Newborn Screening Frequently Asked Questions
What is the purpose of the Newborn Screening Program?
The purpose of the Newborn Screening Program is to test all newborns in North Dakota for early signs of a number of treatable disorders (as mandated by the North Dakota Century Code, and the Agency Rules.
Why is my baby tested?
Testing helps to ensure that your baby will be as healthy as possible. A simple blood test provides important information about your baby's health that you or your doctor might not otherwise know. The Newborn Screening Program identifies the few infants who may have one of the uncommon birth defects screened for in this program. With early diagnosis and medical treatment, complications from these serious conditions, such as mental retardation or even death, usually can be prevented.
How is my baby tested?
All of the tests are performed on one tiny sample of blood obtained by pricking the baby's heel a few days after birth. The blood is allowed to dry on absorbent paper, which is sent for testing to a laboratory.
What if my baby is not born in a hospital?
It is very important that babies born outside of hospitals also be tested, preferably at about 48 hours after birth. Parents should arrange with a doctor, hospital or midwife to have the screening done.
What is the chance my baby has a disorder detectable by screening?
The chance that your baby will have one of these disorders is very small. In the rare cases when a disorder is found, early diagnosis and treatment usually can prevent the problems associated with these disorders.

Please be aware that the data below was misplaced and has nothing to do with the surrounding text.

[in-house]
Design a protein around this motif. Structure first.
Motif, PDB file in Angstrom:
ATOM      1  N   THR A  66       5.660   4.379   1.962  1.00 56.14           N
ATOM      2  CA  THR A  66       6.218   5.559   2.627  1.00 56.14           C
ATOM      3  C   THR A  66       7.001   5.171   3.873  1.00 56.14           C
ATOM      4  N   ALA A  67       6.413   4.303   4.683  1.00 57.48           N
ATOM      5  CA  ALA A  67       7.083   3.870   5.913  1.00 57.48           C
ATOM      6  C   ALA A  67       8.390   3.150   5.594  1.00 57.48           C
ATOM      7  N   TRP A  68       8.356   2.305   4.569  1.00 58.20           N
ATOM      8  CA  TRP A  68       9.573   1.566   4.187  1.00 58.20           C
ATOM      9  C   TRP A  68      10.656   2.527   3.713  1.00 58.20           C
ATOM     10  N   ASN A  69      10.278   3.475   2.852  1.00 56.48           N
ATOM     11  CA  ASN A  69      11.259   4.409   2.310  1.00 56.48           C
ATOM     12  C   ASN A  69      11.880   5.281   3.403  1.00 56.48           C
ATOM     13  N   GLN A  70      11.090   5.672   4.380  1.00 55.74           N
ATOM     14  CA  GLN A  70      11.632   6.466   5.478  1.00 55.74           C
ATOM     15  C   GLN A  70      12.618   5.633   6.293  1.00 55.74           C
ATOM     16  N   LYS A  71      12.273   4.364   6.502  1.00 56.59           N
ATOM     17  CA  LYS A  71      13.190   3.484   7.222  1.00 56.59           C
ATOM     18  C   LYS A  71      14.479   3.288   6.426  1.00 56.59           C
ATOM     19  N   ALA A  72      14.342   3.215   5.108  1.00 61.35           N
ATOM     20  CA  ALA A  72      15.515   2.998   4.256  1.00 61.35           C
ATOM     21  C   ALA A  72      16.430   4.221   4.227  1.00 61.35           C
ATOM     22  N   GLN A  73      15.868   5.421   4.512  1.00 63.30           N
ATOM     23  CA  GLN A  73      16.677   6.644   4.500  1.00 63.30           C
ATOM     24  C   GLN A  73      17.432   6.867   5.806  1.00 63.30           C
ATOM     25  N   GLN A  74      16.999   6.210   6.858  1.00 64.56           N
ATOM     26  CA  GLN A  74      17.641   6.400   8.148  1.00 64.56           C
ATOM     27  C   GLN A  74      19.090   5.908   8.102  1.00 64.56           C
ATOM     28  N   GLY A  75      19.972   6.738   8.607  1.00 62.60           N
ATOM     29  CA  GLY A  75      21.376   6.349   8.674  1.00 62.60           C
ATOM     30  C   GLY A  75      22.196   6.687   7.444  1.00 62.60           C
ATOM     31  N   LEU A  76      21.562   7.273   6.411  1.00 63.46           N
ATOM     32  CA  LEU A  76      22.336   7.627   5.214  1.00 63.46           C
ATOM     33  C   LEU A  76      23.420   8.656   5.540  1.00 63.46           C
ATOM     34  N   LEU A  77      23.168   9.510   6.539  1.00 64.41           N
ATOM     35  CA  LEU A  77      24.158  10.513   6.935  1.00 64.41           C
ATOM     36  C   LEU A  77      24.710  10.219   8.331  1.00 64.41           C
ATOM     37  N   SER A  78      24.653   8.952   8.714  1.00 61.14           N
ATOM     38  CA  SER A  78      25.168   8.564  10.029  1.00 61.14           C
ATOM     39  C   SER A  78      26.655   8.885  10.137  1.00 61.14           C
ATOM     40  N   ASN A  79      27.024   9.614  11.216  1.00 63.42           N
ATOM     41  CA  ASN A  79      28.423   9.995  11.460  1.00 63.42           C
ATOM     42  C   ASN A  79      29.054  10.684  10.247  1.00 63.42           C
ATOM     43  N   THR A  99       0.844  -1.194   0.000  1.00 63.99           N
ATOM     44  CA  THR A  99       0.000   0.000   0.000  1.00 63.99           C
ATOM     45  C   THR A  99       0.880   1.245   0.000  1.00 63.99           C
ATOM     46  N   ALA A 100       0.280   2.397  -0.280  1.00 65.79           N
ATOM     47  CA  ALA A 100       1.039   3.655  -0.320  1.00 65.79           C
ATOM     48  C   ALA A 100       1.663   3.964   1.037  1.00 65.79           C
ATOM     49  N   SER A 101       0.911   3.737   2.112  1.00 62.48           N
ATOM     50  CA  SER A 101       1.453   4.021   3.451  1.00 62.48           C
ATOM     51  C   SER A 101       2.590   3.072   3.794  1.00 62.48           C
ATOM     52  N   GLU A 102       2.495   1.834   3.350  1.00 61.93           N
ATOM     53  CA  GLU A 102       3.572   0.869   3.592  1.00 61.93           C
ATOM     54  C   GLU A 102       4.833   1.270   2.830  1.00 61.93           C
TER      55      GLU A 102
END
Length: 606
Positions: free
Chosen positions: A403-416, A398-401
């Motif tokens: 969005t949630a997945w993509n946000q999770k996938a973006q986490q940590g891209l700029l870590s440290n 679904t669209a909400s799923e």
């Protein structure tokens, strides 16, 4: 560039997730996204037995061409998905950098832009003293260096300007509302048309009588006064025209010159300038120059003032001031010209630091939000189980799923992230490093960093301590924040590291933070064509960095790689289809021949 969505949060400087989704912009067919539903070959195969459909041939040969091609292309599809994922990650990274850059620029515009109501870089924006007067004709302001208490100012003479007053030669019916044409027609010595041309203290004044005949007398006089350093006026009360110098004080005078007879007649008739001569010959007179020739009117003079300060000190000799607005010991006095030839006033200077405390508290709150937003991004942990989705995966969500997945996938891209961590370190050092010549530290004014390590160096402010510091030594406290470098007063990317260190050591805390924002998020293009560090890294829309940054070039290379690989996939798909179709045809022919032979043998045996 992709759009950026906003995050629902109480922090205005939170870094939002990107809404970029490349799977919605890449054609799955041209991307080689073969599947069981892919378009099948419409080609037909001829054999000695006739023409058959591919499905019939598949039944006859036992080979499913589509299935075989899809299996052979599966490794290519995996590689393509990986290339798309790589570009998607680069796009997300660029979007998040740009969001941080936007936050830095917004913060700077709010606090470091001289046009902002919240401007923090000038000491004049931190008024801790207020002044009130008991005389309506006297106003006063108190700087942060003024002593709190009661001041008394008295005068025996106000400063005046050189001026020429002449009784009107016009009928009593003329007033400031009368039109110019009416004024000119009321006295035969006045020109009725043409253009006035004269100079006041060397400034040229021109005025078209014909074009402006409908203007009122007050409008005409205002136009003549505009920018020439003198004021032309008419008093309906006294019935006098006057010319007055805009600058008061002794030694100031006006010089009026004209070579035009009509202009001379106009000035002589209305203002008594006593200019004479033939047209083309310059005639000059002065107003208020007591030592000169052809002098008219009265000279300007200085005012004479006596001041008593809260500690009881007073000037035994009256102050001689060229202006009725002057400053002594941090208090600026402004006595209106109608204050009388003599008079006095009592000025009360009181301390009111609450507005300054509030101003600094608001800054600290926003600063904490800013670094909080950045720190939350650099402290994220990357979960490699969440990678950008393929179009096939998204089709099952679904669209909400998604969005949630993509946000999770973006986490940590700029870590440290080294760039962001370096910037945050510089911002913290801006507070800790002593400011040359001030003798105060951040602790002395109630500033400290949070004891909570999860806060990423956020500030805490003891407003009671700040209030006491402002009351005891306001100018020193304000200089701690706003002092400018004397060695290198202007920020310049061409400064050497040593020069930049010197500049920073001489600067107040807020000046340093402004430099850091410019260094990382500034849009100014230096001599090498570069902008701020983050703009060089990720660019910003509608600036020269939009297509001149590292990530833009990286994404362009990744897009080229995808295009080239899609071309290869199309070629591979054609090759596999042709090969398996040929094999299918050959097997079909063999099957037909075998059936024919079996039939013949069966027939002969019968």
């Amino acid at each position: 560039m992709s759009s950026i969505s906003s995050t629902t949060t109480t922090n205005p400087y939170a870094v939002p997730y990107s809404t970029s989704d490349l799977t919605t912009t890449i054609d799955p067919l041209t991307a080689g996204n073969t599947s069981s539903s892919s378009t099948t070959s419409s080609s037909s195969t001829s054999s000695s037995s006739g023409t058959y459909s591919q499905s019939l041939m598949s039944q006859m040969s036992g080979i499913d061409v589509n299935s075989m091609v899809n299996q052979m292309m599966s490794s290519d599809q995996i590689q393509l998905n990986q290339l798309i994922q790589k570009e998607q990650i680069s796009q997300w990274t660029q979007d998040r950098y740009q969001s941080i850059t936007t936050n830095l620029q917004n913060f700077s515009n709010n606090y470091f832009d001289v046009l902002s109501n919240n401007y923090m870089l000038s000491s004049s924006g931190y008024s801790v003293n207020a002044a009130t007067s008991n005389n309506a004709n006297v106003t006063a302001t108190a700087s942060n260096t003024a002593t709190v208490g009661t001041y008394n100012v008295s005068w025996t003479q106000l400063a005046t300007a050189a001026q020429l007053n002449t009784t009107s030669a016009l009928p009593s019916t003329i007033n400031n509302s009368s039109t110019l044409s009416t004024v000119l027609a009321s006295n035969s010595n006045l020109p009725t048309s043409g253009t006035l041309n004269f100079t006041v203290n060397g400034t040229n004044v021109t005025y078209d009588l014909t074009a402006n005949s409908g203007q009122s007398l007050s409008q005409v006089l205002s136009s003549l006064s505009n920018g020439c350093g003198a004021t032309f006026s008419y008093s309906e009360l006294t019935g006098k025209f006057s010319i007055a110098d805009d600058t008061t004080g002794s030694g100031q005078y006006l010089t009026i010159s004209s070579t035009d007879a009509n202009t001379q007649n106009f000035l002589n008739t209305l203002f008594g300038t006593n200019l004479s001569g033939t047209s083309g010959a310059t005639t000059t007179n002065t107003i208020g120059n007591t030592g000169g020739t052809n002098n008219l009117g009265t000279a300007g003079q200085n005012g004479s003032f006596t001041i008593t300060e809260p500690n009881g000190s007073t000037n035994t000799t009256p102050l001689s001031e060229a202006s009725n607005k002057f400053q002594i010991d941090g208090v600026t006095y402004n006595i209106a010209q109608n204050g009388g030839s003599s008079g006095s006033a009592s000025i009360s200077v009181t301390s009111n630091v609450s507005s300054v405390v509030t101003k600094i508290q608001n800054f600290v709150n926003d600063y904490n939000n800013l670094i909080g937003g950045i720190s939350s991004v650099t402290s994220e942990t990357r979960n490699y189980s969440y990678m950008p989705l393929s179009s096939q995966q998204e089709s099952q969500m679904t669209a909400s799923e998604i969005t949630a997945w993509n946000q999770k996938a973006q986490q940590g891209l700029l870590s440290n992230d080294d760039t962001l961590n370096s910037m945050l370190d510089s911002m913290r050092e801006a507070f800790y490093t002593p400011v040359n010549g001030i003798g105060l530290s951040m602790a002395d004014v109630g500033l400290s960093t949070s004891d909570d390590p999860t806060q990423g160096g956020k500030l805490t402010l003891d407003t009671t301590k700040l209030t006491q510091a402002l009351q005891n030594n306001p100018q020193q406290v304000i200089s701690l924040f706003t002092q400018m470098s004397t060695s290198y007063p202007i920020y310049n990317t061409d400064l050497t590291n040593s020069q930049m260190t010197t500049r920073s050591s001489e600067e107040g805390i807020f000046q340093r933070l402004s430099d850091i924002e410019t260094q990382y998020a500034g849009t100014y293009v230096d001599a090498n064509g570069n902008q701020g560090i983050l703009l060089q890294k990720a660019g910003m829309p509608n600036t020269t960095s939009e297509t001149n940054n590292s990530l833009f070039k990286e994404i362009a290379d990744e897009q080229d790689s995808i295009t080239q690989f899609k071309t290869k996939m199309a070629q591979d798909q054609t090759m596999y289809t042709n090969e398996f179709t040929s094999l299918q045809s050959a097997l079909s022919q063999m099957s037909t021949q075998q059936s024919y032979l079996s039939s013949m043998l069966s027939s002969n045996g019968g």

Newborn screening tests provide an early opportunity to detect certain disorders before symptoms appear. However, screening tests are not always accurate and may not detect a disorder. In any case, if your baby does not seem well, talk to your baby's doctor as soon as possible.
But my baby seems very healthy. Are the tests still necessary?
Yes. Most infants with birth defects screened by this program show no obvious signs of disease immediately after birth. In each of these disorders there is an "invisible" problem in one of the many chemicals that are produced naturally in the baby's body. Using special laboratory tests, the Newborn Screening Program can identify the infant who may have of the disorders and can alert the doctor to the need for special care of the infant. Usually this can be done before the problem has time to cause damaging effects.
Who decides which disorders are included in newborn screening?